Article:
For securing of interests abroad and the global commons collaborative [and thus dissuasive] partnerships remains the ways as the Defence Minister of Raksha Mantri states, “Our strategic partnership with the U.S. is stronger than ever before,” and highlighted India’s strengthening partnerships with Japan, Australia, Russia, France and Israel,Cultivating a favourable regional environment is also a key construct as the Defence Minister highlights “Neighbourhood First,” to forge a relationship of mutual-respect and mutual-interest,” which as per Mr Rajnath Singh has succeeded except for the case of Pakistan due to the terror follies of the Western neighbour.

Similar partnerships have been built with partner countries in West Asia, South East and East Asia. Mention of some of the key partners in the outer periphery has been made as the Defence Minister says, “It is a result of this initiative that we have enhanced the scope and quality of our relations with Saudi Arabia, UAE and Oman in the West and with Indonesia, Vietnam and South Korea in the East.”

Means

Deterrence involves capability building and measures towards creating these were outlined.

For conventional military capability acquisition of state of the art weapons systems indigenously is desirable. For this purpose the option is of, “forging partnerships with major OEMs who are keen to invest and build in India. Our vision for Make in India for defence manufacturing is being implemented with the long-term of making India more self-reliant.”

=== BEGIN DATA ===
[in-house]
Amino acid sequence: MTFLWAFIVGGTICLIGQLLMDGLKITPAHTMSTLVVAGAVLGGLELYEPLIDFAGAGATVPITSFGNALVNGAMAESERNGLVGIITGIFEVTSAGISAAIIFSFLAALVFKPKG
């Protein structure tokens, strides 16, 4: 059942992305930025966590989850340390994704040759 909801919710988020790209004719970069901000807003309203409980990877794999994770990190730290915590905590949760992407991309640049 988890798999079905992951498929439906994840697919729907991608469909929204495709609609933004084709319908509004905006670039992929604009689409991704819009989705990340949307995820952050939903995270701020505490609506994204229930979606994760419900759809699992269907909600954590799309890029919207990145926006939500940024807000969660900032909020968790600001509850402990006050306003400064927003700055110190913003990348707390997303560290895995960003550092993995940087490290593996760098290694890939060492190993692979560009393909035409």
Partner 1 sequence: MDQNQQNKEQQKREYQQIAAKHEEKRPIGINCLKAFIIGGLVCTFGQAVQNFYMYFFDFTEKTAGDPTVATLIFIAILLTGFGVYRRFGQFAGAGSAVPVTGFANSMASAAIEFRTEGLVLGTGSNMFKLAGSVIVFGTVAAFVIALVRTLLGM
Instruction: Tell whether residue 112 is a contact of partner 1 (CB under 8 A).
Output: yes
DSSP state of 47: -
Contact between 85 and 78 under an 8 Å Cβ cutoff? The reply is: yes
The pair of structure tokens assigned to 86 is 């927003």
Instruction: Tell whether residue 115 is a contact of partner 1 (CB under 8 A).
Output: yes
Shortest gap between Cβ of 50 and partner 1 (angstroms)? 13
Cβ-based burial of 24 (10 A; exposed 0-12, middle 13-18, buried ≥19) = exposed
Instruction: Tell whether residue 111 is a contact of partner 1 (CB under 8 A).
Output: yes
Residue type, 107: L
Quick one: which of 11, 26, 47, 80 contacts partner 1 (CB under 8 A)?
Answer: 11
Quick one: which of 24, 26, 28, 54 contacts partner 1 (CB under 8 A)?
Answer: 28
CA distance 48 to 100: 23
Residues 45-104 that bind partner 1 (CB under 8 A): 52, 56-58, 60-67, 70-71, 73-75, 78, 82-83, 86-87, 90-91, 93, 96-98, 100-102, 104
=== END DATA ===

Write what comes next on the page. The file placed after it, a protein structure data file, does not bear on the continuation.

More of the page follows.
This is clearly a work in progress.

Coordination and jointness of structures with appointment of Chief of Defence Staff, CDS, Department of Military Affairs and the proposed theatre and functional commands is another aspect highlighted. The larger synergy of bringing all agencies under the Ministry of Defence under one platform is also an essential facet which may require attention. The recent spat between the Army and the Ordnance Factory Board on faulty ammunition is a case in point.


Ways and Means Internal Security

The ways on internal security envisages neutralising terrorism through development, justice to the aggrieved and political settlement and also, “willing[ness] to challenge status quo, if the status quo becomes a tool for the exploitation of helpless citizens and the provisions of governance,” a reference to the repealing of Article 370 in Jammu and Kashmir as the special status was seen to be exploited by separatists and their supporters to create an environment for promoting splits.


Conclusion

Deriving national security strategy from principles outlined by the Defence Minister covers only some basic facets, hopefully this is the framework of a documented version which has in depth coverage particularly of the MEANS as India is likely to face a huge capability gap with a fast modernising China and growing dependence on imports which will remain expensive and are not spares proof.